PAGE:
HRT and breast cancer another clarification

Related articles

A new study linking breast cancer and the use of hormone replacement therapy (HRT) is both concerning and comforting, but, without carefully studying the data it is not easy for most women (or their doctors ) to know what to make of this. Upon closer examination, however, the study actually helps clarify the controversial and sometimes contradictory issue what are the risks and benefits of HRT?

The Women's Health Initiative (WHI), launched in 1991, consisted of a series of clinical trials involving 160,000 healthy postmenopausal women.The study examined the effects of postmenopausal hormone therapy and dietary practices on heart disease, fractures, and breast and colorectal cancer. Both Premarin (estrogen) and Prempro (estrogen plus progestins) were studied.

But, in 2002, the Prempro arm of the study, which was scheduled to run until 2005, was abruptly halted when it was found that women taking the drug were more likely to have increases in heart disease, stroke, and pulmonary embolism than women taking placebo. No such effects were noted in the estrogen-only trials, which continued.

The current study has now found additional risks for women who took the combined hormone pill, Prempro. Their risk of breast cancer rose significantly as much as double, depending on the timing and duration of use of the drug.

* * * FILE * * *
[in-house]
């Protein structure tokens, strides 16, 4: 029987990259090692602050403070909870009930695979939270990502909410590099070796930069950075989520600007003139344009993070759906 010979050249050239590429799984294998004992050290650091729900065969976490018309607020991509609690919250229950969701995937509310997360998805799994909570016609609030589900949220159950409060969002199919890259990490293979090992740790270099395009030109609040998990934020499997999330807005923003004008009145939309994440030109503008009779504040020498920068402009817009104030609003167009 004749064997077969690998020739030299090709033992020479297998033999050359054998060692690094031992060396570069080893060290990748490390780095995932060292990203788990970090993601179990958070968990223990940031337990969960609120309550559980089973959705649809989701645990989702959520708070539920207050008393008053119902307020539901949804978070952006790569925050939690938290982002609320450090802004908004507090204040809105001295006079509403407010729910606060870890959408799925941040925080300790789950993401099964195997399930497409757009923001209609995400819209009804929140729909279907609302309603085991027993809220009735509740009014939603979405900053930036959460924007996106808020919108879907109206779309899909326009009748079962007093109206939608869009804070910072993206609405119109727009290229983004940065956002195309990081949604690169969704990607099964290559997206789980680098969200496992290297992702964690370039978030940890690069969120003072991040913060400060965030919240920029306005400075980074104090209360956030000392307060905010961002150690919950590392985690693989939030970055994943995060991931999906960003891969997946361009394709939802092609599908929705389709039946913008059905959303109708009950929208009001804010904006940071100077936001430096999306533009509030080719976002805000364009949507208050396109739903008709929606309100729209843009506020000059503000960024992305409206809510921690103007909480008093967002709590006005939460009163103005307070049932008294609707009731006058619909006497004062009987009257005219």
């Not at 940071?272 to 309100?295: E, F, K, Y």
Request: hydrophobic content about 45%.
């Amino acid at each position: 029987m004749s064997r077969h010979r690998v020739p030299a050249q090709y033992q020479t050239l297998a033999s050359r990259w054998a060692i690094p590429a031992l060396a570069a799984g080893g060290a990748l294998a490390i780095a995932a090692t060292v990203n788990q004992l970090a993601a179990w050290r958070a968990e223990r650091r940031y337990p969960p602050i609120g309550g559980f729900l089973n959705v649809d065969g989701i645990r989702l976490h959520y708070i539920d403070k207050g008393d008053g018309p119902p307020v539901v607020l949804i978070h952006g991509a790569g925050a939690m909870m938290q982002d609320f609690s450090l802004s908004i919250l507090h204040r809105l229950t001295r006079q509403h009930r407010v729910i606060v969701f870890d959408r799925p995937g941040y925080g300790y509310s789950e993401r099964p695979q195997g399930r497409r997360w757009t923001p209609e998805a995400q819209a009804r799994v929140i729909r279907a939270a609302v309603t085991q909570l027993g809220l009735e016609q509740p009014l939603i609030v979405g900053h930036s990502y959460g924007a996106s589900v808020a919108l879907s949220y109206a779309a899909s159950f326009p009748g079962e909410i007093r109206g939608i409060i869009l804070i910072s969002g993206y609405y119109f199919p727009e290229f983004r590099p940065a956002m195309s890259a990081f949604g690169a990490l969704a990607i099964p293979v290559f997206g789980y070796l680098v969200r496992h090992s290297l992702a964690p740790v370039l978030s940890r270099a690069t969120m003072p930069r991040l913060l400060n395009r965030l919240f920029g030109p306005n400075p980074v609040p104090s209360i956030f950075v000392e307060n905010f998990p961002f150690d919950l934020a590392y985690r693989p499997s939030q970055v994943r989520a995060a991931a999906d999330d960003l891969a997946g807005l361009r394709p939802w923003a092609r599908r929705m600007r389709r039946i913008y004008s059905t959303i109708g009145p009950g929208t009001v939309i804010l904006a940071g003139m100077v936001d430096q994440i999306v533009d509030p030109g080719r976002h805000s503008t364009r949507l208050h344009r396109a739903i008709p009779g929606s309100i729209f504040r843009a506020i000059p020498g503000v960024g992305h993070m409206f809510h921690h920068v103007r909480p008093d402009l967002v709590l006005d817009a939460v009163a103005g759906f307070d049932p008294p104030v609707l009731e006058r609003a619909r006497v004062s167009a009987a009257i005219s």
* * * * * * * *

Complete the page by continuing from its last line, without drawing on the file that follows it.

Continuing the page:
While this may be disconcerting to women who took Prempro, or are currently taking HRT, it helps to clarify the issue not all hormones are created equal. The use of estrogen only, especially for short-term relief of post-menopausal symptoms (hot flashes) should not be confused with long-term use of Prempro.

ACSH s Dr. Gilbert Ross maintains that perspective must be rendered on this: HRT is still the best available treatment for women in peri-menopause and early menopause who suffer from intractable symptoms, including hot flashes, insomnia, poor concentration, vaginal dryness, and other symptoms of the severe menopausal state. But HRT should be used for the briefest interval required. Also, while the relative benefits of estrogen-only hormone therapy are valid, it should be emphasized that women who have their uterus those who have not had a hysterectomy cannot receive estrogen-only therapy due to the significantly increased risk of uterine hyperplasia and cancer.